5 Things Debt Has Taught Me...So Far

Before I start sharing the profound life lessons I have learned from debt and financial struggles, let me just address the elephant in th...


Before I start sharing the profound life lessons I have learned from debt and financial struggles, let me just address the elephant in the room...err in this post. We are a society that's afraid to talk about money and much more about the talk of debt. The real irony in life though is we work so hard for money and a majority of us (including me!) are dealing with debt or if not have dealt with it at some point. It's not dirty laundry like others think it is, it's a reality that real people deal with every single day. If this blog or anything that I say will make you feel uncomfortable, I apologize.

This leads me to the very first thing I learned:

1. It doesn't matter what people say.

 If you have made wrong choices before with money (you are not alone!) and you find yourself feeling guilty or worried about what other people will say, it's no help at all. Unless these are words to encourage or guide you on your journey to financial freedom, the negativity and shaming will not help you get out of debt any sooner. 

Most of us are living a life based on what others will say. This may even be the cause of why we are living a life beyond what we can actually afford. So, just let it go and let the background noise remain exactly where it should be and do what you need to do for yourself and your family.

From Google Images


2. A lot of people are going through or have gone through similar struggles.

You are not alone. When you are in a tight situation with money, you end up feeling sorry for yourself. You start thinking how others are more blessed than you, you feel inferior and ashamed.

I am not saying all have debts or are struggling, not what I see on Facebook anyway,but there are people somewhere in this planet who are also finding ways to make ends meet and praying to God to provide them enough to cover next month's bills.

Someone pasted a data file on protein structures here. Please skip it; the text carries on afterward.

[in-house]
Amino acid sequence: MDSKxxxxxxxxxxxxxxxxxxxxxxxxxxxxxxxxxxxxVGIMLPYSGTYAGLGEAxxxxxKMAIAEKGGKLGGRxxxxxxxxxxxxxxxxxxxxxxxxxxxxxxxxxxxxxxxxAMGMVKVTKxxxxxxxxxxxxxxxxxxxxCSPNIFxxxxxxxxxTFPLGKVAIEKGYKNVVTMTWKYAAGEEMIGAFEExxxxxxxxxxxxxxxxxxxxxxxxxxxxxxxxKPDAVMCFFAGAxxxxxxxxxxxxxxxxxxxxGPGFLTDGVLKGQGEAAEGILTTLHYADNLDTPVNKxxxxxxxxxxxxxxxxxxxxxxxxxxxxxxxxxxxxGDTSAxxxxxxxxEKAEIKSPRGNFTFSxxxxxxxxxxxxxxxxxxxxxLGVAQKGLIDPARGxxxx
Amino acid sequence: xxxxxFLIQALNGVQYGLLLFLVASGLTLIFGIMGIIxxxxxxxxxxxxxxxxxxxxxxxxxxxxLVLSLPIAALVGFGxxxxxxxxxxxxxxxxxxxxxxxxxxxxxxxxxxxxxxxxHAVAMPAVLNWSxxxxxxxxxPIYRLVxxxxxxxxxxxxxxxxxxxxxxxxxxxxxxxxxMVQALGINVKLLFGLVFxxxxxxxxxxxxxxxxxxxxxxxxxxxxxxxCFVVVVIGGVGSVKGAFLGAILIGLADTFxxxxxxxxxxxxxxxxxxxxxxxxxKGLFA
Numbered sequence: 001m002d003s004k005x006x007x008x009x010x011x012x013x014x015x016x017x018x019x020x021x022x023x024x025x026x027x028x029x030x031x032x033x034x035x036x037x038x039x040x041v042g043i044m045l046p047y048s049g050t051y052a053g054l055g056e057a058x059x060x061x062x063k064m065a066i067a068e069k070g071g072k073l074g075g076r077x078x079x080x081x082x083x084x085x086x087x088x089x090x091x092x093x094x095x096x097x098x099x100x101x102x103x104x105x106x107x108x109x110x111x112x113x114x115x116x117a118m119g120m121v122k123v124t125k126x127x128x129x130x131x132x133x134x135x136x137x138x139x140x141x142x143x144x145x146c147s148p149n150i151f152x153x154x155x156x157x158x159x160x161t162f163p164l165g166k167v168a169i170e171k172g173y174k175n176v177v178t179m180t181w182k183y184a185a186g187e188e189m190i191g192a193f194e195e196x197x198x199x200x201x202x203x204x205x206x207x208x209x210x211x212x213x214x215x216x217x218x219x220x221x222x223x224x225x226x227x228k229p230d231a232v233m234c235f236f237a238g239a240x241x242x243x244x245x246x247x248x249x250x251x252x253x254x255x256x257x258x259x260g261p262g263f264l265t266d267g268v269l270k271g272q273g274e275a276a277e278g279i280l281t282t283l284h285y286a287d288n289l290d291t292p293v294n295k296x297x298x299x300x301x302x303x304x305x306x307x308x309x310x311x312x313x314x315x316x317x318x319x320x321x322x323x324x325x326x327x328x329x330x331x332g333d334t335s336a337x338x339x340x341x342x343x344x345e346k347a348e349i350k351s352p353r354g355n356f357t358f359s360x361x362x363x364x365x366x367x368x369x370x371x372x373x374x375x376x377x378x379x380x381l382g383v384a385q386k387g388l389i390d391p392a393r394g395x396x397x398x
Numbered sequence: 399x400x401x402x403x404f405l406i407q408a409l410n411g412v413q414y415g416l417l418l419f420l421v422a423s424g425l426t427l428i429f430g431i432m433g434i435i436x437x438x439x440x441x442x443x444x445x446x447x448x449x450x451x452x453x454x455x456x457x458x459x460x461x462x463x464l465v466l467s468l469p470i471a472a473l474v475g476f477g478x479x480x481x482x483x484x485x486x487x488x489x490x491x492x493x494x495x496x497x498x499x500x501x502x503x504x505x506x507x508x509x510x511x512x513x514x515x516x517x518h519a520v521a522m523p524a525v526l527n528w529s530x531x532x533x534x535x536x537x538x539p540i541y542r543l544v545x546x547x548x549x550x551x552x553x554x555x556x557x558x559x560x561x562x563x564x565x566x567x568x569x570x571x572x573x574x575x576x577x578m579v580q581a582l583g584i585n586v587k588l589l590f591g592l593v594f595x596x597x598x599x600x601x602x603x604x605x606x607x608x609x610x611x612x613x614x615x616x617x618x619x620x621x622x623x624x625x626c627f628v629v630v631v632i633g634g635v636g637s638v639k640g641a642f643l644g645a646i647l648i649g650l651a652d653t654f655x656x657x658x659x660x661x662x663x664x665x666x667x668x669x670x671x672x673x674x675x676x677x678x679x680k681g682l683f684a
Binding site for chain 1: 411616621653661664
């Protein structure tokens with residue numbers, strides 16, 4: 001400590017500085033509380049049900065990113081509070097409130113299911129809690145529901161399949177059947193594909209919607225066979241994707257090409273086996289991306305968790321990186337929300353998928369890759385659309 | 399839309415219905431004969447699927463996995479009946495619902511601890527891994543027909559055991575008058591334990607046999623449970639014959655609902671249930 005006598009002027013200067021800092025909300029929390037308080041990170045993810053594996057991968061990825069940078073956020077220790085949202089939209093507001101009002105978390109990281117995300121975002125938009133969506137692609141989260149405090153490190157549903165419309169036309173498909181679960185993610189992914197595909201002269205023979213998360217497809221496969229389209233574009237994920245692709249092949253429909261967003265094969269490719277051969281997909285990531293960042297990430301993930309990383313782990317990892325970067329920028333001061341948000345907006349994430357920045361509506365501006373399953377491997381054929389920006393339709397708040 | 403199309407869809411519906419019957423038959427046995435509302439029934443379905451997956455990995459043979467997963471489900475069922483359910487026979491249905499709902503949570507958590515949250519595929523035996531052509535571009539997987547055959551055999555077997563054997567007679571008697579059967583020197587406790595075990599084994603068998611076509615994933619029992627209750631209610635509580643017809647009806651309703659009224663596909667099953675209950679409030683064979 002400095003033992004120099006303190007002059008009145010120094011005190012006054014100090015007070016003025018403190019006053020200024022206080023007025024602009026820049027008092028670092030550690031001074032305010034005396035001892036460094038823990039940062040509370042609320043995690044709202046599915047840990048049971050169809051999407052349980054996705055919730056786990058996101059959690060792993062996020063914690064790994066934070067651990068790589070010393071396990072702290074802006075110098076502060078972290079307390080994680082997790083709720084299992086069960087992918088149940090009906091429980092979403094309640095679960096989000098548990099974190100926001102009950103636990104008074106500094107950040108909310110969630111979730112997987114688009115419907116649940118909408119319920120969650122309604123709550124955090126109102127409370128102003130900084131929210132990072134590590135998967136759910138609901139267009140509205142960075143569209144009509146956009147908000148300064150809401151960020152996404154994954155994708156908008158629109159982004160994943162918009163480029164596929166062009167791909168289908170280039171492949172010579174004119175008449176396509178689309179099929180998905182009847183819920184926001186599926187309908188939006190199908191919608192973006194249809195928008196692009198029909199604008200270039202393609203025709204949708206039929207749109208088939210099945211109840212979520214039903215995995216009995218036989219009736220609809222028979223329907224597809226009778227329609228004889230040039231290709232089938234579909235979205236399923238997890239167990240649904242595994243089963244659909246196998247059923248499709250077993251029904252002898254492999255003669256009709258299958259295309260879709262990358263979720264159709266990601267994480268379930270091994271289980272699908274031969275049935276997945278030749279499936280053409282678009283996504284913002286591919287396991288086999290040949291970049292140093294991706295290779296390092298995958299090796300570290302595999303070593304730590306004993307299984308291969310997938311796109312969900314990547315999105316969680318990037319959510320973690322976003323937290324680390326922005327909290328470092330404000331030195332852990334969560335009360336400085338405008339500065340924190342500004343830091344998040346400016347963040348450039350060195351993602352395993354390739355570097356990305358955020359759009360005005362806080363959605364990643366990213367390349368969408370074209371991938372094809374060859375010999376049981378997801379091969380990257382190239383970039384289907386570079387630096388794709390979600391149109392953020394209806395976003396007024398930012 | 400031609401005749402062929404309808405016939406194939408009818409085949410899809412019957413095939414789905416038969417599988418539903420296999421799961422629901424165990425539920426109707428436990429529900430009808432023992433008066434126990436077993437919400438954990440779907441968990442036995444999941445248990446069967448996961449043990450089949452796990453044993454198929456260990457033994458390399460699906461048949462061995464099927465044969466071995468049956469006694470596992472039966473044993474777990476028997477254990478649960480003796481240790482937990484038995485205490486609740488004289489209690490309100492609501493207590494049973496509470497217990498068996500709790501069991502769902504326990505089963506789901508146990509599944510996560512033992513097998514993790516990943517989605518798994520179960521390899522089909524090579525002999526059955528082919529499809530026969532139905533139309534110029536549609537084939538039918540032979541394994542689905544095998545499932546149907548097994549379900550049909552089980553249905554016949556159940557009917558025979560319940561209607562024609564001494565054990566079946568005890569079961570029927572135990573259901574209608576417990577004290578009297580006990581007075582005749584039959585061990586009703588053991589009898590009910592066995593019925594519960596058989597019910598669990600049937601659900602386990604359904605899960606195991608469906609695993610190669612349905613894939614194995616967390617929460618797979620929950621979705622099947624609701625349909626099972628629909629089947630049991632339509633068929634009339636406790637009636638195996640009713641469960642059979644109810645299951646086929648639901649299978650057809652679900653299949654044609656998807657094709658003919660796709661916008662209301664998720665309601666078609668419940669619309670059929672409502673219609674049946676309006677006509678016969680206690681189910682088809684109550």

The point here is, if they can continue to survive so can you!

3.  Attitude is EVERYTHING

When it comes to debt and getting out of it, your attitude is your biggest tool. Your attitude is the one thing you can control,I also like to think it's your perspective about things. 

Your attitude about your situation will be your driving force to keep going and to keep yourself from blaming anyone but taking responsibility for all your choices especially when it comes to spending. Delaying gratification takes discipline and an attitude of firmness. Gosh, I wish this is easy. This is the lesson I have been struggling to apply in my life.

4. There is no easy way out.


I'm sorry, this is just the plain old truth. You didn't get yourself in a financial mess in a snap, maybe it's not debt but maybe it's the frustration of living paycheck to paycheck, so getting out of that rut also takes time and effort.

You will have to change your lifestyle and your mindset to get it done and sometimes you find yourself falling off the wagon and disheartened to start again. It's a tedious cycle until you're over it so you just do it. No easy way out schemes on your road to financial independence.


5. Wrong sense of entitlement is NOT self-love

Have you ever tried telling yourself "I deserve to buy this new shoes because I worked hard for it" ? Or when it's payday you start spending so much on things because you deserve it? I learned this the hard way. It was payday and I ended up spending so much because I worked so hard for the money not thinking that it's still a couple more weeks till the next pay. So, what happened?

We had to scramble and look for people we could borrow money from because we didn't have a single money left to get us through the "critical days" (3-4 days before payday). I'm not saying don't treat yourself because yes, you deserve it but you also have to love yourself by understanding that you will need to set something aside so you don't end up hungry or walking to work. 

This is what I have learned so far and I am expecting to learn more in the future. 

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